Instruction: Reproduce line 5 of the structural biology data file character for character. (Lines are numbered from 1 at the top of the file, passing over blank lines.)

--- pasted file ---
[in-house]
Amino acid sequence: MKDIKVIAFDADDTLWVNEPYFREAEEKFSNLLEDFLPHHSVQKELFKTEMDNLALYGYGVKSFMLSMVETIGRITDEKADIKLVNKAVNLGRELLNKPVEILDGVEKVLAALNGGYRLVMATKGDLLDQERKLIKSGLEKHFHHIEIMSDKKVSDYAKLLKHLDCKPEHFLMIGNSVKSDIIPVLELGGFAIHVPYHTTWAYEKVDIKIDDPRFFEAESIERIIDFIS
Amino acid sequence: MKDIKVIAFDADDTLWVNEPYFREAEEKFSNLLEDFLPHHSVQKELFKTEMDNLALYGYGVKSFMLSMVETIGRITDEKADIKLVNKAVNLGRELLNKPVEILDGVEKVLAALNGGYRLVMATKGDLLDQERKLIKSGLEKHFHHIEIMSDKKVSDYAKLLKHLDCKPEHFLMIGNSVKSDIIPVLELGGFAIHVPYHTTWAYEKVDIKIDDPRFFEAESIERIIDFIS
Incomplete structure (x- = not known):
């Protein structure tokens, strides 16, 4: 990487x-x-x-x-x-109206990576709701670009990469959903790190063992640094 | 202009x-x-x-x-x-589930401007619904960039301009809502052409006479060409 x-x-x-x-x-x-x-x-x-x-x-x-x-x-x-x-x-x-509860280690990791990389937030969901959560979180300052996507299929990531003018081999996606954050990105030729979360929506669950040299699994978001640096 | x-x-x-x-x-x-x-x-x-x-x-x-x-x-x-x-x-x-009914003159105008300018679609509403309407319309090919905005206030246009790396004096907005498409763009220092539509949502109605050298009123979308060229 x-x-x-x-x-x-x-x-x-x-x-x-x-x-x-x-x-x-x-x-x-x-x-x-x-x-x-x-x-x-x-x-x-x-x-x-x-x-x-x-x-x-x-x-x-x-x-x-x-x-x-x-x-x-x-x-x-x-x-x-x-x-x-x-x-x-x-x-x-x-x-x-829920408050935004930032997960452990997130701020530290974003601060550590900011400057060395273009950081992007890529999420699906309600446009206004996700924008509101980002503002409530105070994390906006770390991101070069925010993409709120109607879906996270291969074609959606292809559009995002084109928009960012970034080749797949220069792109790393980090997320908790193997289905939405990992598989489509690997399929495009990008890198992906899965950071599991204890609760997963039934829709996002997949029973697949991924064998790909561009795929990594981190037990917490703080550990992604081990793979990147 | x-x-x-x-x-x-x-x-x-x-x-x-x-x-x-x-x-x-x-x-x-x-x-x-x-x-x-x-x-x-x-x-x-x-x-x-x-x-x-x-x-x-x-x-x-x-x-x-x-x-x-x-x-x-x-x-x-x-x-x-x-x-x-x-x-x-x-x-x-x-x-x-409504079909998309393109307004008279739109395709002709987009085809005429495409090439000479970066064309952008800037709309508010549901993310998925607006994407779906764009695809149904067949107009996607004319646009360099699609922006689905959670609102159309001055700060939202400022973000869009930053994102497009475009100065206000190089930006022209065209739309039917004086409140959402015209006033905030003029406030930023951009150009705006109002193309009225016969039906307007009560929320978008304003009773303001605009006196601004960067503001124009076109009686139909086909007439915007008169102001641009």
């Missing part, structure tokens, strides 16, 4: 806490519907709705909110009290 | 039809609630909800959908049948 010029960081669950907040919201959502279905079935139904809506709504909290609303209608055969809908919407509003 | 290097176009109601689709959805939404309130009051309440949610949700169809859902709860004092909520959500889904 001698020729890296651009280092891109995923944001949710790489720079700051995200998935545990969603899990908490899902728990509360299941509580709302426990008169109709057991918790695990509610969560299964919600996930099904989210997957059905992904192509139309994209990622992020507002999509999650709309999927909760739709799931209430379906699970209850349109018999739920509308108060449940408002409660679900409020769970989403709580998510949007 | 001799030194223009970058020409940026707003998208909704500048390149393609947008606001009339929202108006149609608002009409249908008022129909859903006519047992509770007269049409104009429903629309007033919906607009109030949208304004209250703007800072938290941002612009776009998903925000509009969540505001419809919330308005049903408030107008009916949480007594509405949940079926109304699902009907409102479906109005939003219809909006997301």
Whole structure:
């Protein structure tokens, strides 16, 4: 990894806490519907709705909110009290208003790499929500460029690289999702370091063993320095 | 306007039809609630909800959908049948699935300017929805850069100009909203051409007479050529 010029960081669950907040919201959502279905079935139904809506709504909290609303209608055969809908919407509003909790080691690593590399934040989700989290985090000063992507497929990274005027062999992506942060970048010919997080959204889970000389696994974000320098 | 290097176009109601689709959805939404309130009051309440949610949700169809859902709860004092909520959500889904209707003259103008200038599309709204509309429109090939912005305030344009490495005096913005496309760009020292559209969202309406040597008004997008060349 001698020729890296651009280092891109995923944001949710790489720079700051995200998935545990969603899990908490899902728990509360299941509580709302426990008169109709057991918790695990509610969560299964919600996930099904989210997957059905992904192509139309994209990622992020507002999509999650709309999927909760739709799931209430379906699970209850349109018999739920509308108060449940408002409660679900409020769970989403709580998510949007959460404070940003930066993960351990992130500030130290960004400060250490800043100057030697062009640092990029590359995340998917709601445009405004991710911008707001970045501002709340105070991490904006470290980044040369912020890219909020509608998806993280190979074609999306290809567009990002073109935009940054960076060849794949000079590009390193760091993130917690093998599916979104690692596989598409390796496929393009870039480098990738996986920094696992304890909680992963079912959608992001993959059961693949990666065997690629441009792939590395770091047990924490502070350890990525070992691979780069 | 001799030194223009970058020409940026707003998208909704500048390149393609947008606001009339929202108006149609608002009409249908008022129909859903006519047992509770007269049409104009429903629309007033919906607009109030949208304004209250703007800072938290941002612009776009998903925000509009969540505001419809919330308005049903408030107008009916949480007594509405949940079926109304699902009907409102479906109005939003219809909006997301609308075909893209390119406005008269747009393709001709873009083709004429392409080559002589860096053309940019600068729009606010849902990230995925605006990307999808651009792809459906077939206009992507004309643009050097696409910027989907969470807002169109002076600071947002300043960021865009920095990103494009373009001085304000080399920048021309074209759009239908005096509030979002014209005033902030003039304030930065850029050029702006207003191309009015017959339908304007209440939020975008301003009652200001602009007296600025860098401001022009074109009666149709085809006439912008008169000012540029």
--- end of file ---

């Protein structure tokens, strides 16, 4: 990487x-x-x-x-x-109206990576709701670009990469959903790190063992640094 | 202009x-x-x-x-x-589930401007619904960039301009809502052409006479060409 x-x-x-x-x-x-x-x-x-x-x-x-x-x-x-x-x-x-509860280690990791990389937030969901959560979180300052996507299929990531003018081999996606954050990105030729979360929506669950040299699994978001640096 | x-x-x-x-x-x-x-x-x-x-x-x-x-x-x-x-x-x-009914003159105008300018679609509403309407319309090919905005206030246009790396004096907005498409763009220092539509949502109605050298009123979308060229 x-x-x-x-x-x-x-x-x-x-x-x-x-x-x-x-x-x-x-x-x-x-x-x-x-x-x-x-x-x-x-x-x-x-x-x-x-x-x-x-x-x-x-x-x-x-x-x-x-x-x-x-x-x-x-x-x-x-x-x-x-x-x-x-x-x-x-x-x-x-x-x-829920408050935004930032997960452990997130701020530290974003601060550590900011400057060395273009950081992007890529999420699906309600446009206004996700924008509101980002503002409530105070994390906006770390991101070069925010993409709120109607879906996270291969074609959606292809559009995002084109928009960012970034080749797949220069792109790393980090997320908790193997289905939405990992598989489509690997399929495009990008890198992906899965950071599991204890609760997963039934829709996002997949029973697949991924064998790909561009795929990594981190037990917490703080550990992604081990793979990147 | x-x-x-x-x-x-x-x-x-x-x-x-x-x-x-x-x-x-x-x-x-x-x-x-x-x-x-x-x-x-x-x-x-x-x-x-x-x-x-x-x-x-x-x-x-x-x-x-x-x-x-x-x-x-x-x-x-x-x-x-x-x-x-x-x-x-x-x-x-x-x-x-409504079909998309393109307004008279739109395709002709987009085809005429495409090439000479970066064309952008800037709309508010549901993310998925607006994407779906764009695809149904067949107009996607004319646009360099699609922006689905959670609102159309001055700060939202400022973000869009930053994102497009475009100065206000190089930006022209065209739309039917004086409140959402015209006033905030003029406030930023951009150009705006109002193309009225016969039906307007009560929320978008304003009773303001605009006196601004960067503001124009076109009686139909086909007439915007008169102001641009």